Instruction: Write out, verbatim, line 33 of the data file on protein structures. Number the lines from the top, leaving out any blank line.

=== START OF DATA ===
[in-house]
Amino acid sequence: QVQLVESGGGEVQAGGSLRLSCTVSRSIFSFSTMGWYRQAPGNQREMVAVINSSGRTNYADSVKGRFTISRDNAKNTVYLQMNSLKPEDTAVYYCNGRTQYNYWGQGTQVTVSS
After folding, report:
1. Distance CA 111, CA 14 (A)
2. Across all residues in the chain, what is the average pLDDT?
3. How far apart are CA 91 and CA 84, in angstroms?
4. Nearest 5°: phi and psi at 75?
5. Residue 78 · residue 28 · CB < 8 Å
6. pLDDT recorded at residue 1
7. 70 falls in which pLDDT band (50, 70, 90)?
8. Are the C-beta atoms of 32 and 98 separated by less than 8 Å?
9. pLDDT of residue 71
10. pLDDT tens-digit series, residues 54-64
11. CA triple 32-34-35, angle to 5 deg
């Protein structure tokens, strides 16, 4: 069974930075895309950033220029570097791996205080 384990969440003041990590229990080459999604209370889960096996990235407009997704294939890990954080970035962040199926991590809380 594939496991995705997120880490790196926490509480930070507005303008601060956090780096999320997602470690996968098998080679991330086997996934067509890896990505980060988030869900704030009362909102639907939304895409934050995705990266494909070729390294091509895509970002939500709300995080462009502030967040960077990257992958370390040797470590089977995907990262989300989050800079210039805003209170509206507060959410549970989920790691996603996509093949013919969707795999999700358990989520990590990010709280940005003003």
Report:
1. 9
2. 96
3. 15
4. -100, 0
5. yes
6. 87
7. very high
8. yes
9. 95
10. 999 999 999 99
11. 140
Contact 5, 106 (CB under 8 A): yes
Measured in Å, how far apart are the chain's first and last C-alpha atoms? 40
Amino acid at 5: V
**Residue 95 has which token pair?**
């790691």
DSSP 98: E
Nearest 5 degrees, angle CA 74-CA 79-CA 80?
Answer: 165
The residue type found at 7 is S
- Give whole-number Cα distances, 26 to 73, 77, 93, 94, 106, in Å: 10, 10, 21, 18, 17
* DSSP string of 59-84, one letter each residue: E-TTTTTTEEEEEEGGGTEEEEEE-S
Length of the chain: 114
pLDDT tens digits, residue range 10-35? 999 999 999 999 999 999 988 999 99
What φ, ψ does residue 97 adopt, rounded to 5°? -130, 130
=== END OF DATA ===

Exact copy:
DSSP 98: E